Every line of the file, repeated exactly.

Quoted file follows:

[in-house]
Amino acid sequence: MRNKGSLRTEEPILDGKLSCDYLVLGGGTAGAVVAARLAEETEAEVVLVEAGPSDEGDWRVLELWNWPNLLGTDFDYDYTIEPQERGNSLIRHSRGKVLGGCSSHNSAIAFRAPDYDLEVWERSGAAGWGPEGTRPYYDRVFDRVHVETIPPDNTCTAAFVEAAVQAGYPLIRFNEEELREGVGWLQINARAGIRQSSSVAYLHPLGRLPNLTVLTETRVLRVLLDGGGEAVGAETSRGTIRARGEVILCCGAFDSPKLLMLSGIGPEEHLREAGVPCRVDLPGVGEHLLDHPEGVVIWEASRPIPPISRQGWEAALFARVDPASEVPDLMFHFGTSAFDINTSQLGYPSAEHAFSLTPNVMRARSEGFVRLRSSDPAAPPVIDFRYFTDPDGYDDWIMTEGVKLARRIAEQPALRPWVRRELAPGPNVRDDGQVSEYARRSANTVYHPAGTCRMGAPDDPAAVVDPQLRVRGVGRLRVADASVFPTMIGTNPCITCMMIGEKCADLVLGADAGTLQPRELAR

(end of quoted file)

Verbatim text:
[in-house]
Amino acid sequence: MRNKGSLRTEEPILDGKLSCDYLVLGGGTAGAVVAARLAEETEAEVVLVEAGPSDEGDWRVLELWNWPNLLGTDFDYDYTIEPQERGNSLIRHSRGKVLGGCSSHNSAIAFRAPDYDLEVWERSGAAGWGPEGTRPYYDRVFDRVHVETIPPDNTCTAAFVEAAVQAGYPLIRFNEEELREGVGWLQINARAGIRQSSSVAYLHPLGRLPNLTVLTETRVLRVLLDGGGEAVGAETSRGTIRARGEVILCCGAFDSPKLLMLSGIGPEEHLREAGVPCRVDLPGVGEHLLDHPEGVVIWEASRPIPPISRQGWEAALFARVDPASEVPDLMFHFGTSAFDINTSQLGYPSAEHAFSLTPNVMRARSEGFVRLRSSDPAAPPVIDFRYFTDPDGYDDWIMTEGVKLARRIAEQPALRPWVRRELAPGPNVRDDGQVSEYARRSANTVYHPAGTCRMGAPDDPAAVVDPQLRVRGVGRLRVADASVFPTMIGTNPCITCMMIGEKCADLVLGADAGTLQPRELAR